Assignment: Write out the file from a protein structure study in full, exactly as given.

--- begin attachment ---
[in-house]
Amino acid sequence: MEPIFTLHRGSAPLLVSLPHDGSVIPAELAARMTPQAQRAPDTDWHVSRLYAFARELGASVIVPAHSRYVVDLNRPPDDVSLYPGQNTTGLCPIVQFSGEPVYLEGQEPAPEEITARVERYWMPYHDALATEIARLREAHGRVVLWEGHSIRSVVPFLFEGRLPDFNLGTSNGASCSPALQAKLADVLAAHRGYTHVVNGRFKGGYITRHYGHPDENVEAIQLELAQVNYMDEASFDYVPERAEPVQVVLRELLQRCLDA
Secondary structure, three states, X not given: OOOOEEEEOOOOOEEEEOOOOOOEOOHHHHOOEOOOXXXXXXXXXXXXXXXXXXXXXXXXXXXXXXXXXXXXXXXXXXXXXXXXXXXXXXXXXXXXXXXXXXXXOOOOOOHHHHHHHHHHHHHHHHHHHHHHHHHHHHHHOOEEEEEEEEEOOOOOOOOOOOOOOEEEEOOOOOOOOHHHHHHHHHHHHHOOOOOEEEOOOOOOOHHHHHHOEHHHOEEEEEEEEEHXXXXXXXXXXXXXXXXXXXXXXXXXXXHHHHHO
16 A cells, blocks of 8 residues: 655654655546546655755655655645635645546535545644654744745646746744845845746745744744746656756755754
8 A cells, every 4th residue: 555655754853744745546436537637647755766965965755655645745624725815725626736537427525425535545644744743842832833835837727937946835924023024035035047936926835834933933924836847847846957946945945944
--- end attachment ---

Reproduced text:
[in-house]
Amino acid sequence: MEPIFTLHRGSAPLLVSLPHDGSVIPAELAARMTPQAQRAPDTDWHVSRLYAFARELGASVIVPAHSRYVVDLNRPPDDVSLYPGQNTTGLCPIVQFSGEPVYLEGQEPAPEEITARVERYWMPYHDALATEIARLREAHGRVVLWEGHSIRSVVPFLFEGRLPDFNLGTSNGASCSPALQAKLADVLAAHRGYTHVVNGRFKGGYITRHYGHPDENVEAIQLELAQVNYMDEASFDYVPERAEPVQVVLRELLQRCLDA
Secondary structure, three states, X not given: OOOOEEEEOOOOOEEEEOOOOOOEOOHHHHOOEOOOXXXXXXXXXXXXXXXXXXXXXXXXXXXXXXXXXXXXXXXXXXXXXXXXXXXXXXXXXXXXXXXXXXXXOOOOOOHHHHHHHHHHHHHHHHHHHHHHHHHHHHHHOOEEEEEEEEEOOOOOOOOOOOOOOEEEEOOOOOOOOHHHHHHHHHHHHHOOOOOEEEOOOOOOOHHHHHHOEHHHOEEEEEEEEEHXXXXXXXXXXXXXXXXXXXXXXXXXXXHHHHHO
16 A cells, blocks of 8 residues: 655654655546546655755655655645635645546535545644654744745646746744845845746745744744746656756755754
8 A cells, every 4th residue: 555655754853744745546436537637647755766965965755655645745624725815725626736537427525425535545644744743842832833835837727937946835924023024035035047936926835834933933924836847847846957946945945944